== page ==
DirecTV is winning. Dish not so much.
Tom Dougherty, CEO – Stealing Share
11 May 2009
DISH Network: Following the leader to Loserville
If seems investors think losing customers is good news as long as you are losing less than anticipated. The shares of DISH Network rose after the satellite provider reported only losing 94,000 customers in first quarter 2009 – about 30,000 less than expected.
“But despite the better-than-expected numbers, there was plenty to be anxious about,” said analyst Craig Moffett of Sanford C. Bernstein. “Dish Network’s subscriber base is 1.7% smaller than it was last year. Their revenue growth is now a truly scary 2.1%; it seems likely that they will be a negative growth company soon.”
Dish Network is simply not building its business and, instead, is the victim of one of the worst offensives in marketing. Instead of creating preference for itself, DISH tries to create preference for its satellite TV category – which means the market leader will always win.
Take a look at DirecTV. It just reported 460,000 new net subscribers. That, coupled with DISH’s losses, proves the point. Selling the category is only helping DirecTV.
Quick quiz: Name the provider with the enjoyable and terribly funny commericals that feature the comic group from A Mighty Wind, Waiting for Guffman and Best in Show? OK, now tell me the provider with the spots featuring comic impersonator Frank Caliendo? Could you really tell the difference?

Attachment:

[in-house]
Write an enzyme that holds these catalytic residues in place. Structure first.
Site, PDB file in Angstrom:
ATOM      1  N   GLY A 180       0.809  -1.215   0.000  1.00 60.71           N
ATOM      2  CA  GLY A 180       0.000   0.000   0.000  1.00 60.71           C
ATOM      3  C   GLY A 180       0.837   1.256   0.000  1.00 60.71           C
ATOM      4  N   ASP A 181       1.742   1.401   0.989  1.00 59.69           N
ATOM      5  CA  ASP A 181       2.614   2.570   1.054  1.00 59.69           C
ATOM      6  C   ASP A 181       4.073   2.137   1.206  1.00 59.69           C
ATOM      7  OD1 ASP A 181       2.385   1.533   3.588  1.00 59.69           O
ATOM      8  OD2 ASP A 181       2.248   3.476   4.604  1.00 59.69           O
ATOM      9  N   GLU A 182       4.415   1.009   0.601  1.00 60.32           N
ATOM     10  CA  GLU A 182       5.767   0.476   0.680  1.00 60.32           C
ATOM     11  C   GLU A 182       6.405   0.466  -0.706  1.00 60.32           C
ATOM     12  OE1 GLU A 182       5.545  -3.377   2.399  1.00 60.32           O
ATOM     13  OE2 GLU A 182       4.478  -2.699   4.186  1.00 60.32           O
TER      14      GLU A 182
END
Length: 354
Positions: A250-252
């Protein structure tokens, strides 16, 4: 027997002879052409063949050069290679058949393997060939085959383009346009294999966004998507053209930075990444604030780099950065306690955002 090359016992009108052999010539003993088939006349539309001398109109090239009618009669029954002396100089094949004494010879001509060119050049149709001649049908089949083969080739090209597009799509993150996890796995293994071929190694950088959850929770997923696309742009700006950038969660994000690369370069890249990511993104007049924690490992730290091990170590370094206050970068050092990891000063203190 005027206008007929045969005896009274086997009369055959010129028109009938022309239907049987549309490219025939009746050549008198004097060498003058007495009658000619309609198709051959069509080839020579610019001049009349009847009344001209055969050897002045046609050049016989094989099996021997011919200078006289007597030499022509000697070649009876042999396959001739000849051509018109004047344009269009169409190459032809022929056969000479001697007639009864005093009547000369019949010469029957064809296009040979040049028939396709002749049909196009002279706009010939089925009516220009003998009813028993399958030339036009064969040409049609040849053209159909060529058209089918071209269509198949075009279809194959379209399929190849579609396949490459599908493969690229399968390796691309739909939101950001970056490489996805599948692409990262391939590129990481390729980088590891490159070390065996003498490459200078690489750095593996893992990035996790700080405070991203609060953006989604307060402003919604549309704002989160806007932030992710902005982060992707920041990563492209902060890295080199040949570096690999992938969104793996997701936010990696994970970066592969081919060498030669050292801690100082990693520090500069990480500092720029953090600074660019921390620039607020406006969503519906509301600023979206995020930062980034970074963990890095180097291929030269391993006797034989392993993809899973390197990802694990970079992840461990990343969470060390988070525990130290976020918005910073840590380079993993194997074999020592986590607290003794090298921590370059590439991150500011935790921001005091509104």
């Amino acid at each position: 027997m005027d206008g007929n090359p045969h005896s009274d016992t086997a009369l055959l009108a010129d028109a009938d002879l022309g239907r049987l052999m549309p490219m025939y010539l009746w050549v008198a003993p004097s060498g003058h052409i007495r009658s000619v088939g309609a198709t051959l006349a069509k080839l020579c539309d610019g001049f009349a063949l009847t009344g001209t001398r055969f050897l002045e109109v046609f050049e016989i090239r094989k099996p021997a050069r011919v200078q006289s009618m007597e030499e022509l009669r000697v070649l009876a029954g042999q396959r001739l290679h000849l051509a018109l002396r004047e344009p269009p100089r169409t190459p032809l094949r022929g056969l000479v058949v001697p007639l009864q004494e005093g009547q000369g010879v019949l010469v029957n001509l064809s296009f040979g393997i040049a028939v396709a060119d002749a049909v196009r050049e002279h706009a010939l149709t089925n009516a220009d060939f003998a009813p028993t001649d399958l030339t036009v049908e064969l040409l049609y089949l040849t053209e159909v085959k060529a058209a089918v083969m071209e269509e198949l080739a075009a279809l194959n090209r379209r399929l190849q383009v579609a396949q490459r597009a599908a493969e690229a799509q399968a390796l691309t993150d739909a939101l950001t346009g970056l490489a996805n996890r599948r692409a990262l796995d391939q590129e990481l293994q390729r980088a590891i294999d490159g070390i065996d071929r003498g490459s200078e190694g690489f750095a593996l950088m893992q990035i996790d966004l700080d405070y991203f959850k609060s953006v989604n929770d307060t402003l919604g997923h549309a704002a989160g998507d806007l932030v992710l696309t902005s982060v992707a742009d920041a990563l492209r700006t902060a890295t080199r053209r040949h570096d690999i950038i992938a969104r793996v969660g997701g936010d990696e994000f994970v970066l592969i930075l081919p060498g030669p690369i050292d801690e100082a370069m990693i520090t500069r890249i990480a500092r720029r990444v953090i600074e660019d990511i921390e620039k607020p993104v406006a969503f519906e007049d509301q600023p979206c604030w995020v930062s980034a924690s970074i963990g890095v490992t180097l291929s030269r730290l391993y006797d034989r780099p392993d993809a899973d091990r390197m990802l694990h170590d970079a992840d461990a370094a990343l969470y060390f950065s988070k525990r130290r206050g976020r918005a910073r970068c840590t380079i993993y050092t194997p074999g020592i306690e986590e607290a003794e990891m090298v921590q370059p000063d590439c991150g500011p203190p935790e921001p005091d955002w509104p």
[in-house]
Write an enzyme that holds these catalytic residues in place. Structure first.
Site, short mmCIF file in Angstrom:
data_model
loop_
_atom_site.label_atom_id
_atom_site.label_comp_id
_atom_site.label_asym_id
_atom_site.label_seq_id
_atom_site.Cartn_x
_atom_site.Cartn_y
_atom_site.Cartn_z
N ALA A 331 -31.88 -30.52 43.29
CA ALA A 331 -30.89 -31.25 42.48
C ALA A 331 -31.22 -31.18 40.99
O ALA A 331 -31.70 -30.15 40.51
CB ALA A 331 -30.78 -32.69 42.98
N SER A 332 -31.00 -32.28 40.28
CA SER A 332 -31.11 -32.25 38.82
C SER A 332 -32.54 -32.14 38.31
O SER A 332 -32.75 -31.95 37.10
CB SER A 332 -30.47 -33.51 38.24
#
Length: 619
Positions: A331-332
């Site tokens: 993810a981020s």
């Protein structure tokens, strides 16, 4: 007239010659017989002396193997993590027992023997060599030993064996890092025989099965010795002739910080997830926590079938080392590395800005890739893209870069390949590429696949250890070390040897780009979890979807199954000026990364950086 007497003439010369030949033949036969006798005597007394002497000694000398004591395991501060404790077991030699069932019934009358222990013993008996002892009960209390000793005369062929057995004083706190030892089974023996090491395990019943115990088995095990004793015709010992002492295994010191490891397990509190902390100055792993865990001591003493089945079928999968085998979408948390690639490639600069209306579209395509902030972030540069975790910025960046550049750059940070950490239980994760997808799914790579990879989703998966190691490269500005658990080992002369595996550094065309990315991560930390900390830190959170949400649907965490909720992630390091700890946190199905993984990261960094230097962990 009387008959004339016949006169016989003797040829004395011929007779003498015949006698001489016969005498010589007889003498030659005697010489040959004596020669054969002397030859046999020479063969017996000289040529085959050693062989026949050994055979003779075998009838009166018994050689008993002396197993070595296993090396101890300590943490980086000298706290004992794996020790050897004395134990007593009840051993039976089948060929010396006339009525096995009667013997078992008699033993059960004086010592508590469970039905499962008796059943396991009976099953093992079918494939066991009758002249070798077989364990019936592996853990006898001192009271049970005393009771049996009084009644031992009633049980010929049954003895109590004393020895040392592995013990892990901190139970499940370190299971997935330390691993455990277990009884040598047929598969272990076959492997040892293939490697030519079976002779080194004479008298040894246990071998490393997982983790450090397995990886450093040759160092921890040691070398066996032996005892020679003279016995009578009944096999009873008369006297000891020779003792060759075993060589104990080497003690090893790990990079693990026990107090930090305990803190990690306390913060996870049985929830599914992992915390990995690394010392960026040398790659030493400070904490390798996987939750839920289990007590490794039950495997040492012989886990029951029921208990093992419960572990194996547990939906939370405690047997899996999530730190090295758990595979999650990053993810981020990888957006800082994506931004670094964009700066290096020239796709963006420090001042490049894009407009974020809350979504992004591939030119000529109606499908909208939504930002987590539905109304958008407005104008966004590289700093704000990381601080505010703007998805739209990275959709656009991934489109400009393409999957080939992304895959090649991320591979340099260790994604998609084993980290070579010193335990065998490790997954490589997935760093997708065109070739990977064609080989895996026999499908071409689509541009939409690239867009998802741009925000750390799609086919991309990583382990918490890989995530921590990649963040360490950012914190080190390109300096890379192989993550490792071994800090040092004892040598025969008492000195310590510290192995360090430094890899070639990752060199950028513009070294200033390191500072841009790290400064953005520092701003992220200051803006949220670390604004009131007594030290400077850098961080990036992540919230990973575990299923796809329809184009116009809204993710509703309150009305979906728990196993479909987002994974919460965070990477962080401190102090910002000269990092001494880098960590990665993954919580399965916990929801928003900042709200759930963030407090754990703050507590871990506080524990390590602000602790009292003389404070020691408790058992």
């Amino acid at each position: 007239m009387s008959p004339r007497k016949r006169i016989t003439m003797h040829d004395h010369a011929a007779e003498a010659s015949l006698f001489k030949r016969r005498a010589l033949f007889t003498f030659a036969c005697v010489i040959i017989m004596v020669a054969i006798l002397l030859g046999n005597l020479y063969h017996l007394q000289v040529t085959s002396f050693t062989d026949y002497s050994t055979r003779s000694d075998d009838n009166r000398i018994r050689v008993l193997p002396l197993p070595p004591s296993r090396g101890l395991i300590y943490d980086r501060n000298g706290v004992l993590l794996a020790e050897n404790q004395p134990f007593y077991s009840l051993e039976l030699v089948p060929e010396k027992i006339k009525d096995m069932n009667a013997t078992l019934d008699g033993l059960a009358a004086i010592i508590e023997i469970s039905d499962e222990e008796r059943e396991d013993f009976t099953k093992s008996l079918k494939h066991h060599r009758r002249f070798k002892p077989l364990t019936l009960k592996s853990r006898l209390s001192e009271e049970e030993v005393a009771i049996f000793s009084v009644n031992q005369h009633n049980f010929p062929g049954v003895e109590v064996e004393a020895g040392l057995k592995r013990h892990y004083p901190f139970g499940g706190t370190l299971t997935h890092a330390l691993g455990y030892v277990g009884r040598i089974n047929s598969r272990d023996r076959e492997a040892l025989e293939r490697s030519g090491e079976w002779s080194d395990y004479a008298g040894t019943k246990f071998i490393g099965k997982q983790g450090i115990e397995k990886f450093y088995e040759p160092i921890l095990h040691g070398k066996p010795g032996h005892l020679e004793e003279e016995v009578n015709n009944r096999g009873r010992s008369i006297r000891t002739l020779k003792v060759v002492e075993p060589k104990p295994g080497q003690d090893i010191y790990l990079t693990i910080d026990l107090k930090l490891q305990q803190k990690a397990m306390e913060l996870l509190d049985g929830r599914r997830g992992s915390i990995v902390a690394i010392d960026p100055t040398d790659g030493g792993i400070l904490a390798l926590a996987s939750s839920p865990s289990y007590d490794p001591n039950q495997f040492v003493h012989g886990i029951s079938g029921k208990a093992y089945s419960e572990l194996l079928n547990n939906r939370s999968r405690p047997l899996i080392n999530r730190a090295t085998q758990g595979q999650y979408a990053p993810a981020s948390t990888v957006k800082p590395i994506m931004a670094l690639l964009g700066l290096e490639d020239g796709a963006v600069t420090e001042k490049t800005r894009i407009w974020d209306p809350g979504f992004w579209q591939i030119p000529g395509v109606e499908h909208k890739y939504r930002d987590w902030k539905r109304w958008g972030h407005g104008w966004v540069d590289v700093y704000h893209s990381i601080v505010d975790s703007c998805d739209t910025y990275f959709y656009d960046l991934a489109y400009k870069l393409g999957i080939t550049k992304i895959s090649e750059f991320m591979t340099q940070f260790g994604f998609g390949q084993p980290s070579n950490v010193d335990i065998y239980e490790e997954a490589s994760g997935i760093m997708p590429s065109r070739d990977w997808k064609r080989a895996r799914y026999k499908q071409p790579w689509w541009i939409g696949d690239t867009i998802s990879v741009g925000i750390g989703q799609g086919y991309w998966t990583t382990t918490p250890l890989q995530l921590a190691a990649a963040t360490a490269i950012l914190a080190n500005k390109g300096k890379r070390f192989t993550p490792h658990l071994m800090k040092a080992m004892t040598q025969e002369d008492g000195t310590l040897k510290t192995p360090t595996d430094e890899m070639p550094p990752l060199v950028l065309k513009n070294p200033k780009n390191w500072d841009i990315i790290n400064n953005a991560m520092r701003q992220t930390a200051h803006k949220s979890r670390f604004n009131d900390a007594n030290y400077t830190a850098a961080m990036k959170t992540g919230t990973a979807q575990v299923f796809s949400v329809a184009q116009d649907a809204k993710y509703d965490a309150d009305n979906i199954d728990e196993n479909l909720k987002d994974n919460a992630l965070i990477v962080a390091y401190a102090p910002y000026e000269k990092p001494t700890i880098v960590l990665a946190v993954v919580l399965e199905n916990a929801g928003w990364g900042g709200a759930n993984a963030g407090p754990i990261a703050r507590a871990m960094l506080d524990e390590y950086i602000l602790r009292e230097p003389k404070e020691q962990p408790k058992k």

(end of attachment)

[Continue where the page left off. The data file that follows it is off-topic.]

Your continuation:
If you answered DirecTV to the comic group and assigned Caliendo to DISH, you’d be right. However, most of us mistake one set of spots with the wrong provider. (Personally, I like the DirecTV spots from an entertainment angle. I laugh my butt off.)
Selling category is a fine strategy for the market leader, but it does nothing to create preference for the rest.
Think about it this way. The beer industry is one of the worst at following the market leader. How many times have you mistaken a Miller ad for a Bud spot? We all have, and so we just believe Budweiser is dominating the market (it is) and, therefore, we choose Bud if we want a mainstream lager.
For their sake, market followers like DISH Network better learn to stop following the leader by the hand before it is too late. Otherwise, they’ll be led right off the cliff.
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